KickStarter – ‘The World’s largest funding platform for creative projects’. Projects make a pitch for a target amount by a deadline date. I’m looking at a project now for a restaurant in Brooklyn New York who need $10,000 by January 6 for a donut making programme including staff training, starter ingredients, donut boxes, donut bags, a mixer and a donut-making machine. Rewards and perks are offered in return for donations starting with one donut for each dollar donated. KickStarter is the most prominent platform at this point.
RocketHub – A launchpad and community for independent artists and entrepreneurs. So-called Fuelers make financial contributions and/or vote on creative projects. The platform takes 4% of fully funded projects and 8% if those that aren’t. Fuelers get ‘cool stuff and experiences’ in exchange for their contributions.
StartSomeGood – Focussed on helping social entrepreneurs raise funds via donation.
Ulule – Like KickStarter and IndiGoGo offers a route to fund unique projects for a target amount over a set time. This site is international but more European in scope. Also offers a way to pre-sell tickets or a subscription for launch a new product, innovative idea or an event.
WeDidThis – A not-for-profit company offering a space for arts organisations to bring their audiences and supporters together to fund their projects. Donations are rewarded with a personalised gift. They aim to have funded over 50 arts projects by the end of 2011.
WeFund – Launched in October 2010 as the first crowdfunding platform for the arts in the UK. It provides a risk-free environment for artists to ask for support and try out their ideas. The project does not rely on a state grant or a single rich investor, rather a series of tiny ‘investments’ that together provide the necessary funding. If a project reaches its funding target, it gets the money; if it doesn’t then it receives nothing and donors are not charged.
How they work: Much the same as for donation-based platforms but pledge is in the form of a loan. The magic is that the loaned amount can be re-cycled on project after project.
Kiva – A non-profit which lets individuals lend from $25 to local small business owners in developing countries. 100% of the loan is transferred to the local businesses via a network of mircofinance providers. Lenders get regular updates from the business owners via the platform. The repayment rate is 98.93%, and 70% of all lenders use the repayment to make another loan. So far, more than $264 million has been loaned through Kiva helping more than 692,000 entrepreneurs.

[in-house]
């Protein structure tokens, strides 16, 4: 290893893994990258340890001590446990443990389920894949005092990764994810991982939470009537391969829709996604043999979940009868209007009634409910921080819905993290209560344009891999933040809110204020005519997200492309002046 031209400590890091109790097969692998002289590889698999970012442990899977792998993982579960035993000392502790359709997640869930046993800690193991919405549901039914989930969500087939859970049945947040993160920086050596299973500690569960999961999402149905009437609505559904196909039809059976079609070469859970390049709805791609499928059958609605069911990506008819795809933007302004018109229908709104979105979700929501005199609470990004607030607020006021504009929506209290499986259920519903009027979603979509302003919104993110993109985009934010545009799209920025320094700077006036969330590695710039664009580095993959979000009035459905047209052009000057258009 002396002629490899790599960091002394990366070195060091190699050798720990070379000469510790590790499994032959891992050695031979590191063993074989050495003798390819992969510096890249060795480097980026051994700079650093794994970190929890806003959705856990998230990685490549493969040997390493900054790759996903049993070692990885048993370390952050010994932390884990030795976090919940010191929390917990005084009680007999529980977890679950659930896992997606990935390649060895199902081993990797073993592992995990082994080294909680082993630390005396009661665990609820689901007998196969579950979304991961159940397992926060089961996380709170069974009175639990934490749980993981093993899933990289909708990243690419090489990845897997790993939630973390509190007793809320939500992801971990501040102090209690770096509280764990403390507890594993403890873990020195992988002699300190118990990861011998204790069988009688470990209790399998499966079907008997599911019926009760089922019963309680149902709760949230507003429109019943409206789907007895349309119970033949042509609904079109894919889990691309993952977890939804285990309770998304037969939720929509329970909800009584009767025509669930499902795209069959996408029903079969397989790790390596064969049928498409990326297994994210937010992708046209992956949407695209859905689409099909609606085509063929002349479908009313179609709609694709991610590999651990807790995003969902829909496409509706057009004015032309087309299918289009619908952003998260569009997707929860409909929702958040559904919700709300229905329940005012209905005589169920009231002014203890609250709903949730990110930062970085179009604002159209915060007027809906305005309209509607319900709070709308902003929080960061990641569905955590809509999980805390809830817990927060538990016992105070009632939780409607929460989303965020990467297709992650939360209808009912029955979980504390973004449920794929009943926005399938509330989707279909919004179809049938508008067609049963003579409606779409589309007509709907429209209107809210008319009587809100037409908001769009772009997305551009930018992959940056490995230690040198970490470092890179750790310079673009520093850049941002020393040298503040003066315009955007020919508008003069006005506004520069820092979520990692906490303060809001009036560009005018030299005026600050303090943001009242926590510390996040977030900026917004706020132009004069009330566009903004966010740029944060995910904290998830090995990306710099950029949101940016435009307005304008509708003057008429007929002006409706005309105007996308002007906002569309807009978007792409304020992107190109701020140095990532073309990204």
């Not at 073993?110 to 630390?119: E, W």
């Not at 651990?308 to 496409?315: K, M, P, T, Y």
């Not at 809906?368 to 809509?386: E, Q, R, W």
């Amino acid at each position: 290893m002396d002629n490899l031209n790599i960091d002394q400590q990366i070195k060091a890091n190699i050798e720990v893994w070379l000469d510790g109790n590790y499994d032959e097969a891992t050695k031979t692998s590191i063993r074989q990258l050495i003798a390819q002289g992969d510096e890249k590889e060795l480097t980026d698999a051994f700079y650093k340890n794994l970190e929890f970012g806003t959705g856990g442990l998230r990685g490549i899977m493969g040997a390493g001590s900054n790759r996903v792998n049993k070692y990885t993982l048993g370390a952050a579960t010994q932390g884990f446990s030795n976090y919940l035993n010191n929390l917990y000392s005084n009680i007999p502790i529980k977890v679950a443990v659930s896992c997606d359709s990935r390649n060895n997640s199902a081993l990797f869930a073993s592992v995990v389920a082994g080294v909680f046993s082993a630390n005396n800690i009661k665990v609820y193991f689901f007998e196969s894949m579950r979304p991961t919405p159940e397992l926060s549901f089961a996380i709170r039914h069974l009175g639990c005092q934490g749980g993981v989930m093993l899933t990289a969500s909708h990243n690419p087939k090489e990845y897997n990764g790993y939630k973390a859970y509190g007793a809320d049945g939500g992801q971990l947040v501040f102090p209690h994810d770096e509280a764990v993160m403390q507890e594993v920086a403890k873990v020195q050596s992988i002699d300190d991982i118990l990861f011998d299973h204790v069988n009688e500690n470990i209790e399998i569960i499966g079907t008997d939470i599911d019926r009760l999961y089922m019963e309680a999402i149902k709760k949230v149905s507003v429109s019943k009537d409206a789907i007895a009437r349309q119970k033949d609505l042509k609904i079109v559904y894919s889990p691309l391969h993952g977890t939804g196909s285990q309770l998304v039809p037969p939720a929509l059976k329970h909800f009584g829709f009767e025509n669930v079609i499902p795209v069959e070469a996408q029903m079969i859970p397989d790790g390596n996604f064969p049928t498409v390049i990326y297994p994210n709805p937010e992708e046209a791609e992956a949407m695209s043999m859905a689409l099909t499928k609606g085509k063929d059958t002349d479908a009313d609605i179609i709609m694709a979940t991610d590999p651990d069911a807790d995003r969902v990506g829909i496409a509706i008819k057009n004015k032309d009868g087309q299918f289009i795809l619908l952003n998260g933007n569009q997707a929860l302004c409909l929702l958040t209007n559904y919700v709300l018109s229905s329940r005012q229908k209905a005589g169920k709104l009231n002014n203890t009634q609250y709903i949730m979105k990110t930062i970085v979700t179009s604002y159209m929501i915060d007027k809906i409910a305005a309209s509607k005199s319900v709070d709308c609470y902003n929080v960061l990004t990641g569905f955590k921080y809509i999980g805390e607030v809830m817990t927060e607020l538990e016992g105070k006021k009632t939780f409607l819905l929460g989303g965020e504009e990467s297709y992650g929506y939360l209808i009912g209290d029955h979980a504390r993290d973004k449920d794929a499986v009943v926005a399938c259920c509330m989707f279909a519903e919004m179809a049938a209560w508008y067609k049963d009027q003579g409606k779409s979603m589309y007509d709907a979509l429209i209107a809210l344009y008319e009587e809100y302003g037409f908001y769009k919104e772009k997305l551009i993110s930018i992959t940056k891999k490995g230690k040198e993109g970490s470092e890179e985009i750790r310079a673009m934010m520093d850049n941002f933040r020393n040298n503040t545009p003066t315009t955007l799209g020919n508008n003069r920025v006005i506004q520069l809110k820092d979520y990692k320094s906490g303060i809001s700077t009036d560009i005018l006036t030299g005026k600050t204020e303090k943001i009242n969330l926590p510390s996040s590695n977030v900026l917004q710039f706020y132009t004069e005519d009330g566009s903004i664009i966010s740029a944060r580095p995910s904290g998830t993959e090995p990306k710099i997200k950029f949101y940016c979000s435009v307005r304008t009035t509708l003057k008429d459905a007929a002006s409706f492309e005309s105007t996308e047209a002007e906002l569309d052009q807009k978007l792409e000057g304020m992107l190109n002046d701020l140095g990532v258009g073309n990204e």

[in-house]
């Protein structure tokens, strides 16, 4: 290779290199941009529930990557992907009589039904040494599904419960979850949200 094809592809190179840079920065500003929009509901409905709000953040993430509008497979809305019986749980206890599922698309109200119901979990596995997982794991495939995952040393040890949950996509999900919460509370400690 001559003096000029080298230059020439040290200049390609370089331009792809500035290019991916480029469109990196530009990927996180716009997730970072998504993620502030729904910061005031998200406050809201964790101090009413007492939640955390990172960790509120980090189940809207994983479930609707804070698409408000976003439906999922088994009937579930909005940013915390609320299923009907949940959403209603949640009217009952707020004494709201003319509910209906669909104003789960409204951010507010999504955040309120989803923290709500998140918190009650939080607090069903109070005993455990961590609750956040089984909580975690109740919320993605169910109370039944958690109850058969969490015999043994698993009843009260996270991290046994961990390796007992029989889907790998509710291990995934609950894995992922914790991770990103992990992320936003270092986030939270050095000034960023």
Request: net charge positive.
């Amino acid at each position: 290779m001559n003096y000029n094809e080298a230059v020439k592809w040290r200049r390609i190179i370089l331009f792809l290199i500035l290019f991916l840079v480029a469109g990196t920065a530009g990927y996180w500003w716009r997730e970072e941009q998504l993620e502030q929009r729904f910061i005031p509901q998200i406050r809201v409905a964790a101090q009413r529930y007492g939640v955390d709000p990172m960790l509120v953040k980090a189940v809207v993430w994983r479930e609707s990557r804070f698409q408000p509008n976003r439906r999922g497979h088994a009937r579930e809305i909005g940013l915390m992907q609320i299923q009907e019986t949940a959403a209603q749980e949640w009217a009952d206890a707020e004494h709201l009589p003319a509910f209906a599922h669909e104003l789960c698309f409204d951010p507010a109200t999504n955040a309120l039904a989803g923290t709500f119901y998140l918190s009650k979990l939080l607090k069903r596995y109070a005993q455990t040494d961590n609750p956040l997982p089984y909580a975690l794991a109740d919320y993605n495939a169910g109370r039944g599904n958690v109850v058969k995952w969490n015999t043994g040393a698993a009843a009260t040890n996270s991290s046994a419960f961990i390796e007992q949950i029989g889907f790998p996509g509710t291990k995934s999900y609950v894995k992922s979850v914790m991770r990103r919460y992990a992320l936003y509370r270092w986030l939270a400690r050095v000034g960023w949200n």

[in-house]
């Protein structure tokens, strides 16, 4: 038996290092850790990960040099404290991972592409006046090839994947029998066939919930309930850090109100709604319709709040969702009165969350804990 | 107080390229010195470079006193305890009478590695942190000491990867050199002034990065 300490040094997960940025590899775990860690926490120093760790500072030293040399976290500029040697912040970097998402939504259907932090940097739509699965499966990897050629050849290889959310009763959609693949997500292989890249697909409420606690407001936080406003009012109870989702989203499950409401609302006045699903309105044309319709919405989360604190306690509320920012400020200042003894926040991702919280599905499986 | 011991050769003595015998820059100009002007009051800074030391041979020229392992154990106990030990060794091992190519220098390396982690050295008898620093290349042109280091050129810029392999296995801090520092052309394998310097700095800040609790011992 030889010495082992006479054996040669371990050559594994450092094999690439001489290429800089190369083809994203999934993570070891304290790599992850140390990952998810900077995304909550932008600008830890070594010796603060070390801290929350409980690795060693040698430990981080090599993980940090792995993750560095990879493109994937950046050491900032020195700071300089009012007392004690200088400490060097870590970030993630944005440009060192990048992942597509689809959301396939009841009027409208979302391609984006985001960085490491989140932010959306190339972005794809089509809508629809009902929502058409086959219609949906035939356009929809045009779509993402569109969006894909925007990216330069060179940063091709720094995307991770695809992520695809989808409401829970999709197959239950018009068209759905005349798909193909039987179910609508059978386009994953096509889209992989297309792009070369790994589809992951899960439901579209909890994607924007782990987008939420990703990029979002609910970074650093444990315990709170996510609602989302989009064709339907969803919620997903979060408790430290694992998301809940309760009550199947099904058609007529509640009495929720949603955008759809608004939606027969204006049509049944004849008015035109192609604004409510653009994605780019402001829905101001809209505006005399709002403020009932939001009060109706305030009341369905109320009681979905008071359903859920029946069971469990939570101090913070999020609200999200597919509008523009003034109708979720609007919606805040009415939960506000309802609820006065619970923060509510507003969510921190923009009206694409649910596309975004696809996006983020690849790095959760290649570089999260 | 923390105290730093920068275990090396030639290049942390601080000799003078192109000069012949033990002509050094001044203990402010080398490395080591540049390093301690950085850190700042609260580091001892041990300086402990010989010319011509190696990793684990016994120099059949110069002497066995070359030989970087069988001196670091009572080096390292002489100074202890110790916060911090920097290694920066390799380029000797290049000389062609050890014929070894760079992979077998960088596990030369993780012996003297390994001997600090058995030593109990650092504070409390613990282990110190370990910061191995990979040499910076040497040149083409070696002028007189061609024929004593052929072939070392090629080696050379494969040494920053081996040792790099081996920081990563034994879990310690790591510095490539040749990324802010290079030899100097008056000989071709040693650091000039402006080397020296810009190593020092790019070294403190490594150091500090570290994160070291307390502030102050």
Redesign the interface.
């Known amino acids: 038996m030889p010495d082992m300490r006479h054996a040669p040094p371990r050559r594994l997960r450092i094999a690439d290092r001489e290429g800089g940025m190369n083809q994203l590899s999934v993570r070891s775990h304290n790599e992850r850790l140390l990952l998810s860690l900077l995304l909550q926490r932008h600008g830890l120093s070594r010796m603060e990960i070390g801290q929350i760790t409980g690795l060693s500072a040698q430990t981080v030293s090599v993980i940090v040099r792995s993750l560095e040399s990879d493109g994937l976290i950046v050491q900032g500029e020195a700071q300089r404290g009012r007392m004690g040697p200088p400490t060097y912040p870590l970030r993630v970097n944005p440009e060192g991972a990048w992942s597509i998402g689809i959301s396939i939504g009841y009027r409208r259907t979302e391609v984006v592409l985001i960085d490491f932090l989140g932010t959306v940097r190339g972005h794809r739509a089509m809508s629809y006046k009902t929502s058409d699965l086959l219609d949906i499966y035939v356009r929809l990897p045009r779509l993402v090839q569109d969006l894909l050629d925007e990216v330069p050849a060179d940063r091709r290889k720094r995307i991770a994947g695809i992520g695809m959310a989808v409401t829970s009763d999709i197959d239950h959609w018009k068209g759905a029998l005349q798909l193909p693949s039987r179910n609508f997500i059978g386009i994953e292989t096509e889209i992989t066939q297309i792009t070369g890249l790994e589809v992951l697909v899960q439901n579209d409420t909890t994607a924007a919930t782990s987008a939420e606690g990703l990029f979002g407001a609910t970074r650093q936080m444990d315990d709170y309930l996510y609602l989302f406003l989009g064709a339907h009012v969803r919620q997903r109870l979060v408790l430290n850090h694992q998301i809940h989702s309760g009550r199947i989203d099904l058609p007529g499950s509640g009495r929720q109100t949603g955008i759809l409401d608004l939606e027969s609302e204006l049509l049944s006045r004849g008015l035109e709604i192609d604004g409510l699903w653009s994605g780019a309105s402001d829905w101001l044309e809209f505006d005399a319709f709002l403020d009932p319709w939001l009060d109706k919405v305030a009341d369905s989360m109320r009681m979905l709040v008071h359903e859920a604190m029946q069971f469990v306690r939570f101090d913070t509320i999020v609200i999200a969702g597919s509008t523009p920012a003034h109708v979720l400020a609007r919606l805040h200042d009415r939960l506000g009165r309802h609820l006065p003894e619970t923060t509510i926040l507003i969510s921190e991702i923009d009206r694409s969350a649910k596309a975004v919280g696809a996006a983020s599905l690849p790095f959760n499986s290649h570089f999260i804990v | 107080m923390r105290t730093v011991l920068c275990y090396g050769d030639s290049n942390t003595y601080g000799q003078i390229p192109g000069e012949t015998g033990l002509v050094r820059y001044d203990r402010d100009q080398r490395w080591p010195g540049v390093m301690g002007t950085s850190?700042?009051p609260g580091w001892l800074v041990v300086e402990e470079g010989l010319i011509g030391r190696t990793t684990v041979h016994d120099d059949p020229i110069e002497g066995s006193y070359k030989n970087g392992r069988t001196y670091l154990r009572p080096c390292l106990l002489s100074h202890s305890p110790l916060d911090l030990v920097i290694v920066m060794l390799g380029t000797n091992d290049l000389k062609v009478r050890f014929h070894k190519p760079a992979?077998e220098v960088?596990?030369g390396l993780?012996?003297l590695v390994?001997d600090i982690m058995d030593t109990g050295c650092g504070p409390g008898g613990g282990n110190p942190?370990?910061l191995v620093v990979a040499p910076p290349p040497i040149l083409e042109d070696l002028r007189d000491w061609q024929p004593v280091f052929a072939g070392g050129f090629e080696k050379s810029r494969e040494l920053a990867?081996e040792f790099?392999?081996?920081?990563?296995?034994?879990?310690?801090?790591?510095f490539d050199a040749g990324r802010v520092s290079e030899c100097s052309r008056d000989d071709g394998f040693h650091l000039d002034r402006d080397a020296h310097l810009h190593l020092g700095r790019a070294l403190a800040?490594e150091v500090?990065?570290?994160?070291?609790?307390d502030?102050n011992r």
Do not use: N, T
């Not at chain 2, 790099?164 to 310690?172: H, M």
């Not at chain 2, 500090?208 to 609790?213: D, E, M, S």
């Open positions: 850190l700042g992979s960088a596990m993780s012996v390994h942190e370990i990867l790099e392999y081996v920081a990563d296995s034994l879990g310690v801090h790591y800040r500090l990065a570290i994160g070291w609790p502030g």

How they work: Create an online pitch (funding required plus % equity offered) and promote it to people you think will want to invest in it. Once you reach your funding target within a set period of time, by lots of people investing a relatively small amount each then you receive the funding: in exchange for equity. If the funding target is not met then the would-be investors get their money back.
CrowdCube – ‘The world’s first business finance crowdfunding platform for businesses to raise equity finance’. UK-based platform. Minimum target funding is £5,000. Entrepreneurs can also offer ‘rewards’ (incentives) to investors. Questions can be posted for the entrepreneur and replies are also posted alongside the pitch. Regulated by the UK Financial Services Authority.
Symbid – This Dutch site claim to be the first equity-based crowdfunding platform. Entrepreneurs, investors and potential investors can interact with each other on the platform. Entrepreneurs can raise between €20,000 to €2.5 million. The minimum investment is €20 euros.
Late breaking news: Just this week, the US Government overwhelmingly passed legislation to loosen restrictions on crowdfunding investment. The Huffington Post reports just how widespread support is for this move from conservative Republicans to grass roots liberals. This is likely to give a huge boost to the investment-type platforms in the US – and to small businesses and start ups everywhere.
Have you tried to Crowdfunding? If so, how did you got on?
If not, does this sound like a good idea to you?